What Students, Parents and Teachers Agree on When it Comes to Sex Ed

As a teenager in Guatemala, I never received information about sexual health or healthy relationships. Our schools did not have nurses or social workers to speak with students about these issues, and I definitely couldn’t count on my parents. It wasn’t until I was an adult that I had a safe space to talk about healthy relationships, gender-identity and sexuality.

Unfortunately, that same dynamic plays out today across the United States—even though students and teachers both want better sex education programs in their schools.

Last fall, I joined a leadership program by Healing to Action, a Chicago-based nonprofit that works to end gender-based violence by building the leadership and collective power of those most impacted by it. The program taught me about important concepts like gender agency and consent. I assumed my four children learned these topics as part of their sexual health education in the United States—but my teenagers who attend Chicago Public Schools (CPS) had never heard of consent or ever had a dialogue in school about healthy relationships. 

The CPS Office of Student Health and Wellness promotes a comprehensive sexual education policy that requires two trained instructors and, for students in Kindergarten through 4th grade, at least 300 minutes of instruction per year, and 675 for students in grades 5 through 12. It was clear to me, after talking to my daughters, that their school fell significantly short of these requirements. Sexual health education is not provided in every grade. Those mandated instructors are nowhere to be found. 

Many of my fellow Chicago parents share the same frustration. Some confide that they themselves need more information around sexual health in order to understand the curriculum and answer kids’ questions. Others have never even seen the curriculum or have had the opportunity to talk with trained instructors about their children receiving sexual health education. Many don’t even know if there are trained instructors in their schools.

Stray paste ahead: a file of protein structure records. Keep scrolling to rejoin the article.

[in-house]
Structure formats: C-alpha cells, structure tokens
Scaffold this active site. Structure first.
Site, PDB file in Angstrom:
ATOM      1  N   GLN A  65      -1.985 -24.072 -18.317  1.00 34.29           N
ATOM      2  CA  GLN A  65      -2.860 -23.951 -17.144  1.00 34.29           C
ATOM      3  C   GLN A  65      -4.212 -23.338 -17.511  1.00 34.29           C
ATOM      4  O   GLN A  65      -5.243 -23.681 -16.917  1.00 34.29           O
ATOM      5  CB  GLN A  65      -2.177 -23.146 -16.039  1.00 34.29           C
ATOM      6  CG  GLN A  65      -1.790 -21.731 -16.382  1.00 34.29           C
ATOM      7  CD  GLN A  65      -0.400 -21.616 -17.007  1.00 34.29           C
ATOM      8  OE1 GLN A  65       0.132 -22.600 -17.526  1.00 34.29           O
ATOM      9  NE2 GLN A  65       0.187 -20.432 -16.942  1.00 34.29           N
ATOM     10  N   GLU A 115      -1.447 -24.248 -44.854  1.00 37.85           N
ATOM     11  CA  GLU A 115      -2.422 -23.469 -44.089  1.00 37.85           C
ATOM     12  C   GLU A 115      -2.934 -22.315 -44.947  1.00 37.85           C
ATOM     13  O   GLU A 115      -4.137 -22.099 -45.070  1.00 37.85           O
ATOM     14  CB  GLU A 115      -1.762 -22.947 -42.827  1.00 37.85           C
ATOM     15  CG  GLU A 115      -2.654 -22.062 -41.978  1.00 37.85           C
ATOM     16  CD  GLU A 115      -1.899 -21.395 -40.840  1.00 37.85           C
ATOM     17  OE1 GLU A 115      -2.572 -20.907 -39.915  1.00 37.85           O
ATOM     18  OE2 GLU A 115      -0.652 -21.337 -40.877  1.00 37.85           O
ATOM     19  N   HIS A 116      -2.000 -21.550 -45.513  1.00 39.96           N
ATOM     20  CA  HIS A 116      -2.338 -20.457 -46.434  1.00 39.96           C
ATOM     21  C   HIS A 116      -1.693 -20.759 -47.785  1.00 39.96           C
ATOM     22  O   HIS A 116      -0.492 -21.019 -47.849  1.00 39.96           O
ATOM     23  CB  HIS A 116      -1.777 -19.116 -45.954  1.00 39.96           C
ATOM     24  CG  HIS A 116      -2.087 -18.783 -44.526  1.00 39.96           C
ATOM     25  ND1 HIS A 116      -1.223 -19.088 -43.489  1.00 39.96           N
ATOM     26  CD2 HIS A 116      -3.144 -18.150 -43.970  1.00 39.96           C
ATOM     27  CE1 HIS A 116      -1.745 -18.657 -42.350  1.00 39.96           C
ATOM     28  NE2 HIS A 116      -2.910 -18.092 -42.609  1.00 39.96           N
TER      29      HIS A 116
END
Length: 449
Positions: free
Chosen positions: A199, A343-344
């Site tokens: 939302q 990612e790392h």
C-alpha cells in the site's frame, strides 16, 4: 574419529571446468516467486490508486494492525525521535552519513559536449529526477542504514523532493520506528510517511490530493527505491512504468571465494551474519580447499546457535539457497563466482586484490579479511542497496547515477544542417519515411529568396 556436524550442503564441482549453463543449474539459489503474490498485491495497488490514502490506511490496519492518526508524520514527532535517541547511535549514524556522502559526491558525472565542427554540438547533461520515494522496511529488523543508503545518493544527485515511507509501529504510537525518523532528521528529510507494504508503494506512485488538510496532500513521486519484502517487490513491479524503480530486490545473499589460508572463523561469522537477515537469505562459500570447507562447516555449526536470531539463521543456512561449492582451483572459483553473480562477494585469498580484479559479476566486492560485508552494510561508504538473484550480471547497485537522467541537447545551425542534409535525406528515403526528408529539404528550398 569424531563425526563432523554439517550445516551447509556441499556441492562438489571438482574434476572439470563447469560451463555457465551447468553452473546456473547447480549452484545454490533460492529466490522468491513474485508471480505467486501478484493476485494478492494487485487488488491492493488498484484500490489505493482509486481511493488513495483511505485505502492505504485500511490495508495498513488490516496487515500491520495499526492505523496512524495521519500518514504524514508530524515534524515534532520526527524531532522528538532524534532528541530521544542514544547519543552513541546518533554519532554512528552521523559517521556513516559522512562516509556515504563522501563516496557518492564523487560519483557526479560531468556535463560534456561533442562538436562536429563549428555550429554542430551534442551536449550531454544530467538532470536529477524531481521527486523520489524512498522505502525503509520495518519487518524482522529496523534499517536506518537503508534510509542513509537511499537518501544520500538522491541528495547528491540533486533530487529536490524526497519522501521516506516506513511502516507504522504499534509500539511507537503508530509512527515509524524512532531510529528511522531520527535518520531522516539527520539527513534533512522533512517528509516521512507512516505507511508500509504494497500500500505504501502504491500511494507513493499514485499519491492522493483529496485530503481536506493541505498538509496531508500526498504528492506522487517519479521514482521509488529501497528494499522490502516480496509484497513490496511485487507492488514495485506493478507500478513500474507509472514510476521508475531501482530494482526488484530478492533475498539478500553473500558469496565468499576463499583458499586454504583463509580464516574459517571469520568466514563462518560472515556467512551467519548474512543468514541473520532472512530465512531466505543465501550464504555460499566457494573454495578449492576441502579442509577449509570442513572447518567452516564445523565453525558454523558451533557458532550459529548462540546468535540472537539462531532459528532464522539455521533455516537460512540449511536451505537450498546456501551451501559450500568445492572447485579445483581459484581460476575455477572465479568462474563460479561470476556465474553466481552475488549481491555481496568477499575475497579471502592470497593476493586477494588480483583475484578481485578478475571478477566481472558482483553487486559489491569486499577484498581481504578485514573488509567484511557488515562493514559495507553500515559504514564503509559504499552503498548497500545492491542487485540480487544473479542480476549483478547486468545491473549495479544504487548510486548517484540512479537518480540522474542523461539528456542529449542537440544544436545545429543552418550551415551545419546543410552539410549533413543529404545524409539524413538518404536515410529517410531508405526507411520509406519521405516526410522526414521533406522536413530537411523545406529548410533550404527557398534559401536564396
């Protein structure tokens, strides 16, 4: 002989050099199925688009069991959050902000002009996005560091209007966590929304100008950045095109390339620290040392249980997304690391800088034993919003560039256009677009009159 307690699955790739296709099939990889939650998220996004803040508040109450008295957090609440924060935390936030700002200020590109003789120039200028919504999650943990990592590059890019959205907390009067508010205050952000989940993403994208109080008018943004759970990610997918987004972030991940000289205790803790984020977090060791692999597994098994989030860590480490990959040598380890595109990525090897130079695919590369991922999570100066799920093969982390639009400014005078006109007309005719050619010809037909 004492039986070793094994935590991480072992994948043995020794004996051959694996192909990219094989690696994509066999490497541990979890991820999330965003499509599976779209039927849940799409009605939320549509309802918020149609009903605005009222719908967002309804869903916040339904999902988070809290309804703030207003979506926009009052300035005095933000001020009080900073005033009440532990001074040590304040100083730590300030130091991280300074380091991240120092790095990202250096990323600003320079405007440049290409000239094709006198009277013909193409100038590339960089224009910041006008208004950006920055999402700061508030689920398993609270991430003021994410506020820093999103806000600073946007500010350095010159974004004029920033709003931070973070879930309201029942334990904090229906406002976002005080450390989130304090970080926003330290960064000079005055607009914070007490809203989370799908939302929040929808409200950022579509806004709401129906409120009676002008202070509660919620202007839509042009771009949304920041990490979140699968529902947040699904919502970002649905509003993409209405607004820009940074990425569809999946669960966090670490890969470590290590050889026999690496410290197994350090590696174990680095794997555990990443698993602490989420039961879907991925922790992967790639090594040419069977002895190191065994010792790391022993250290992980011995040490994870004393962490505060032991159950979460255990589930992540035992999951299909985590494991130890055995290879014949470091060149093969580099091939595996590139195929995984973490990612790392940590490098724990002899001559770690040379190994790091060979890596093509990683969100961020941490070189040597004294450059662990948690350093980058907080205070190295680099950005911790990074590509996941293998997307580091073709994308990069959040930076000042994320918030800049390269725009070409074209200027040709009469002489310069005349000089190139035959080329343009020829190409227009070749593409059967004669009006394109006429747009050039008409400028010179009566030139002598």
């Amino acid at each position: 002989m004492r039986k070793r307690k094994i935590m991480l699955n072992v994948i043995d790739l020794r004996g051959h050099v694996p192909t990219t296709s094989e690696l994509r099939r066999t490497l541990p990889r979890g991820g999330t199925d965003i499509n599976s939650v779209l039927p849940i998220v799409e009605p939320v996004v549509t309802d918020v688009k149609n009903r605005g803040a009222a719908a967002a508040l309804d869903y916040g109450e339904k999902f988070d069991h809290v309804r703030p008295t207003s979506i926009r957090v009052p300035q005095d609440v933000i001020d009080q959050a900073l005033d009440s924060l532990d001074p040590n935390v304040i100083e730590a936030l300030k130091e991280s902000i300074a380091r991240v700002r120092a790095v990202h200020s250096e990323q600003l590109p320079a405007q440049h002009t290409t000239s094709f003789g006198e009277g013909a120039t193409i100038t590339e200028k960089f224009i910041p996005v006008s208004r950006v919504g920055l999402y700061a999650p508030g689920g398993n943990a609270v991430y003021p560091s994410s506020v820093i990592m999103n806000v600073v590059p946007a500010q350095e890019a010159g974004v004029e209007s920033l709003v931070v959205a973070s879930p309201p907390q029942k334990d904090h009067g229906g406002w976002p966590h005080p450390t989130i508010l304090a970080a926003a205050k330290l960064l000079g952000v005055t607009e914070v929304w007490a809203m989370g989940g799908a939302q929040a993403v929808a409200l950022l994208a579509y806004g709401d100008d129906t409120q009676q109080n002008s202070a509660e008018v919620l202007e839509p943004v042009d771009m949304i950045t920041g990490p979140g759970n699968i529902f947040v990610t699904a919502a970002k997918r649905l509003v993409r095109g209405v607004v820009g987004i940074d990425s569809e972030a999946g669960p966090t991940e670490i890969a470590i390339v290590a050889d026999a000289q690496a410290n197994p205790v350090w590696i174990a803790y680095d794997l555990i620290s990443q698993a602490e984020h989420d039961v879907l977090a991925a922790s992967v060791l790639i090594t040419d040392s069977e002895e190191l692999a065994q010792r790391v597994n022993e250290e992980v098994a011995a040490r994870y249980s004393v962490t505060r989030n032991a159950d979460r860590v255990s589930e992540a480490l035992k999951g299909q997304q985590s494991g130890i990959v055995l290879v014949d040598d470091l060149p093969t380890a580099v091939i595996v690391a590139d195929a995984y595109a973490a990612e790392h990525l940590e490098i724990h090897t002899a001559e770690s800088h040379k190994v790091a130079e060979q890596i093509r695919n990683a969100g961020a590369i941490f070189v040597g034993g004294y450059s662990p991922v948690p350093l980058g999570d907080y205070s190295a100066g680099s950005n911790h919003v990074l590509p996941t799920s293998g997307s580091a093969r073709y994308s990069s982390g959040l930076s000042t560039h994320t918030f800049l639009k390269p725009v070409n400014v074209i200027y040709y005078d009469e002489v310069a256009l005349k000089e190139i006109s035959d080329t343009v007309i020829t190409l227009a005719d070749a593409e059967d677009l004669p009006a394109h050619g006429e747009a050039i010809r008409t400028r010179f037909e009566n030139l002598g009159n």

Reform is needed to ensure equitable access to sex education. Healing to Action’s SexEd Works campaign is fighting to ensure that the community has a voice in how sex education is administered, that there’s funding for equal access to sex ed regardless of the zip code and that support exists for parents to understand it and teach kids about healthy relationships at home.

One step in the right direction that the district could take would be to hire more nurses and social workers—a demand being made by the Chicago Teachers Union. Embedding nurses and social workers into the community ensures equitable access to health experts that can talk about consent and healthy relationships with youth who may not have a safe space outside of school to learn about these concepts. While it’s not the only fix to address the current state of sexual education, it’s a start. 

After I spoke with my daughters about consent, their lives changed. Being able to say “no” has drastically improved their self-confidence and their ability to form healthy relationships.

Sex education can be a life-saving and-changing form of violence prevention. I want this—not just for my daughters, but for all young people like them. And I’m not alone. Their teachers want this, too, and so do other parents. 


Aurelia Aguilar is domestic worker, parent of four, Chicago-based activist and member of Healing to Action.